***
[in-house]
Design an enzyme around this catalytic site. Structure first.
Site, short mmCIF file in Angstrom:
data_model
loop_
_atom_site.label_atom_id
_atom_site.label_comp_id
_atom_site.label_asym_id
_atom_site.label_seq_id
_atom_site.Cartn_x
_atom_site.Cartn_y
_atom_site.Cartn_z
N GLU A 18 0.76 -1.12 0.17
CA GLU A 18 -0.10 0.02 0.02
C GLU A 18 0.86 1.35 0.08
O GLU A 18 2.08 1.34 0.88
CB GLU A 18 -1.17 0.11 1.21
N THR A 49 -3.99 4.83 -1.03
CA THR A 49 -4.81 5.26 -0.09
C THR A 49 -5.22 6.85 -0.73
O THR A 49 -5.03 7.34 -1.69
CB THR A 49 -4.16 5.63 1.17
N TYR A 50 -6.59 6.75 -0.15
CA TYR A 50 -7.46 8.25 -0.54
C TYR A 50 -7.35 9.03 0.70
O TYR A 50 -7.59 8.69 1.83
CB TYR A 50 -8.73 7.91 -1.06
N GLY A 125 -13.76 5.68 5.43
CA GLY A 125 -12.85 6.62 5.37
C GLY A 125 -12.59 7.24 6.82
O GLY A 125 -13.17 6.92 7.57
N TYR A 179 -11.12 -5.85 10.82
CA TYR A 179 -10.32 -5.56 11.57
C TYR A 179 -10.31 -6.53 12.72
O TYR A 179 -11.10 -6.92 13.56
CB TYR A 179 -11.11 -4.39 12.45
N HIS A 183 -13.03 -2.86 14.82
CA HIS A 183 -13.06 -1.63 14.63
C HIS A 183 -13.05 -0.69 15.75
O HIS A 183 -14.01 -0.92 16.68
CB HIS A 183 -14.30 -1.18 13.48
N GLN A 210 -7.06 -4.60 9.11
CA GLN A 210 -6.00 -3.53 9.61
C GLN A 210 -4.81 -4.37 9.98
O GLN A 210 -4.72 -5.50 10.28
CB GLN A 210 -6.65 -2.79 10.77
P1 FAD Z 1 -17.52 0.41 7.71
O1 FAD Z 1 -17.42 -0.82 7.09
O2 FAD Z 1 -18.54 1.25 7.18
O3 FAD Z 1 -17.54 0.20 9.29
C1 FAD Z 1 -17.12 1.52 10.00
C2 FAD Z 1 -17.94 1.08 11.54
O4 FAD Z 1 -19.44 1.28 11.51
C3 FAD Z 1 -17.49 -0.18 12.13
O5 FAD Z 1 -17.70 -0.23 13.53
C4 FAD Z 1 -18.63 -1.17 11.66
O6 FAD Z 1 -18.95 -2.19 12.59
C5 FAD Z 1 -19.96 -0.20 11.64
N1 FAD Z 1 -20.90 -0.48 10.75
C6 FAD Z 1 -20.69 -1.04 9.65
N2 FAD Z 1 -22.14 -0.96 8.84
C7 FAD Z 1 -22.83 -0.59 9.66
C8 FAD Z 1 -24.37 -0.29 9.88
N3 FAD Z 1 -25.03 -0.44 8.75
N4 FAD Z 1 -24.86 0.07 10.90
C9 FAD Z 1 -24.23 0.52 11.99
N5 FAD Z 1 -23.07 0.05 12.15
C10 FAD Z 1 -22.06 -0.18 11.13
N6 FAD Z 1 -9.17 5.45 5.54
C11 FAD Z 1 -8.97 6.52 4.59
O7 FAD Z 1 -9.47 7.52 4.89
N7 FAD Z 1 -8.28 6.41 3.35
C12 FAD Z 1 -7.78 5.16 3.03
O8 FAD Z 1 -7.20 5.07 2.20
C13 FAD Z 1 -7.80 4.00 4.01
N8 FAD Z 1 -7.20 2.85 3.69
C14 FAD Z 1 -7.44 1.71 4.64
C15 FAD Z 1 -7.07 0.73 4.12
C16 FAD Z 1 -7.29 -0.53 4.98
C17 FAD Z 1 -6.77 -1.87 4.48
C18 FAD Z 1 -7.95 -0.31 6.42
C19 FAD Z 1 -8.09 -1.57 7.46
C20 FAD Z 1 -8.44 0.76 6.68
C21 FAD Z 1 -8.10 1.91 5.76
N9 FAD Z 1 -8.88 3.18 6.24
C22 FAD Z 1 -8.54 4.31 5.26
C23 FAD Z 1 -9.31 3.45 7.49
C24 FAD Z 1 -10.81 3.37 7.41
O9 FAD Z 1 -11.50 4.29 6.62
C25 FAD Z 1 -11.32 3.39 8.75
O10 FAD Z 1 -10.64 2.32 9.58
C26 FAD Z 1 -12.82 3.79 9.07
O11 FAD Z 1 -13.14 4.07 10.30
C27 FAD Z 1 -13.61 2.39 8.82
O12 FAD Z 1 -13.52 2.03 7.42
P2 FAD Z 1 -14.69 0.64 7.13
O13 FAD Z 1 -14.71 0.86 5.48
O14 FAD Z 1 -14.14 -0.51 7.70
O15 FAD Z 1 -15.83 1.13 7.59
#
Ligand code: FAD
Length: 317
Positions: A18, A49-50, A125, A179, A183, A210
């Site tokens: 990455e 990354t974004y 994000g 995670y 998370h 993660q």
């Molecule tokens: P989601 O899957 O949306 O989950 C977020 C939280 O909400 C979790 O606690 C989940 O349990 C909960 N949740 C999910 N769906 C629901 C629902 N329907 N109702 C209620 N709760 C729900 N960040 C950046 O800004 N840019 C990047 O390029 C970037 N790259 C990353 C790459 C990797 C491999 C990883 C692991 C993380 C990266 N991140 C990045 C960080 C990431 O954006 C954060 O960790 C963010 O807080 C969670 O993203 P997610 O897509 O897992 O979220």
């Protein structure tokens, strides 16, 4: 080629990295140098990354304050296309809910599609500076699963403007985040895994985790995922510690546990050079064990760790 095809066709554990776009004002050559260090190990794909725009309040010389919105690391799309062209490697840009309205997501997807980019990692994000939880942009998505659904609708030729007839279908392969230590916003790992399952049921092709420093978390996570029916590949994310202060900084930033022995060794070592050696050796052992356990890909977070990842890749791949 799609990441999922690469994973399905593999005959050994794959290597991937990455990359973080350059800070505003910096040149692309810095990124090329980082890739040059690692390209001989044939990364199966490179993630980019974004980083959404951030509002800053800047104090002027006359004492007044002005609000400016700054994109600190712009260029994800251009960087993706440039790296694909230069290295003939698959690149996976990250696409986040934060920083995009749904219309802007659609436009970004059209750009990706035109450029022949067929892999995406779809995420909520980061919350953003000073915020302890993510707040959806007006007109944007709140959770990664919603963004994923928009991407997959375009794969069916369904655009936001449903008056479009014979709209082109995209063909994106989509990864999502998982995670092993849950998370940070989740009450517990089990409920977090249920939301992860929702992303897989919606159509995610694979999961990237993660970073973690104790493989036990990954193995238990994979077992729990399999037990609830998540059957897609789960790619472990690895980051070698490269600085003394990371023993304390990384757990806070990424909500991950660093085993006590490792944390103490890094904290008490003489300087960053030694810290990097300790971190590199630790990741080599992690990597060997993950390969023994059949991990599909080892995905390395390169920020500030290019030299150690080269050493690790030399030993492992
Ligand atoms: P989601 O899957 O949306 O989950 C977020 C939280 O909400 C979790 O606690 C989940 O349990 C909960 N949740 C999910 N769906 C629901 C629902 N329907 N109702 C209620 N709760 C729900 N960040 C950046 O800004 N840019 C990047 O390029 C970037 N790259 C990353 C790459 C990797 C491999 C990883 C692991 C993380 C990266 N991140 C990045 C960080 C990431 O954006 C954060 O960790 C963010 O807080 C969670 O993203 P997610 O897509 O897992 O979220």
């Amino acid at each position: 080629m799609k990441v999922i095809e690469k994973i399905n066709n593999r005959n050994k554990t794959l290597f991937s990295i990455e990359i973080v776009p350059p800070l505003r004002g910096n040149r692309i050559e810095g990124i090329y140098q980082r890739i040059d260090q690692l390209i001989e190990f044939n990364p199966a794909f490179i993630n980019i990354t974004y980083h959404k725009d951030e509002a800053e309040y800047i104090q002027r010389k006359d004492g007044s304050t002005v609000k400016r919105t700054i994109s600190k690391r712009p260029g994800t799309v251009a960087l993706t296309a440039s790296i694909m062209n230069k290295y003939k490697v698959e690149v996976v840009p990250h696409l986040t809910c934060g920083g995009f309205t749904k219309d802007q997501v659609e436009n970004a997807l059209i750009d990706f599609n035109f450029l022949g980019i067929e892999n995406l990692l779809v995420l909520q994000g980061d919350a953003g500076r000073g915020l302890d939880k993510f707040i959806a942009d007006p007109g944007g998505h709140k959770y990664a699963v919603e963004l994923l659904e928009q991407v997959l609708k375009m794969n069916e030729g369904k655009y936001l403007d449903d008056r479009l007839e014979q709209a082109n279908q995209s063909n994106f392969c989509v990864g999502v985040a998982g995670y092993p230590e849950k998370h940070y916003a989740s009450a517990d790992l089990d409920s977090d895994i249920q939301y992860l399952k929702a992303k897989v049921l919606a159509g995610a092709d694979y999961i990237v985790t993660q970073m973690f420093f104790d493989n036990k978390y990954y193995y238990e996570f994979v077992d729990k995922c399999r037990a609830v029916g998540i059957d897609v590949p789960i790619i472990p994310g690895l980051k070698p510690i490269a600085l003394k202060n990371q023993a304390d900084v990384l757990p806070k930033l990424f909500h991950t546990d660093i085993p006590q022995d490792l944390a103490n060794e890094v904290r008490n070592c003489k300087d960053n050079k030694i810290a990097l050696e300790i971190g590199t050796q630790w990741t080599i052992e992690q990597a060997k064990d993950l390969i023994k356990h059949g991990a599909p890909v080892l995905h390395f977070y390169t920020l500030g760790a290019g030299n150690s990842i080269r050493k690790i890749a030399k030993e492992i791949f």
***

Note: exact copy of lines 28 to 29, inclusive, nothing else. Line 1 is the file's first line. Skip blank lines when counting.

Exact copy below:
N GLY A 125 -13.76 5.68 5.43
CA GLY A 125 -12.85 6.62 5.37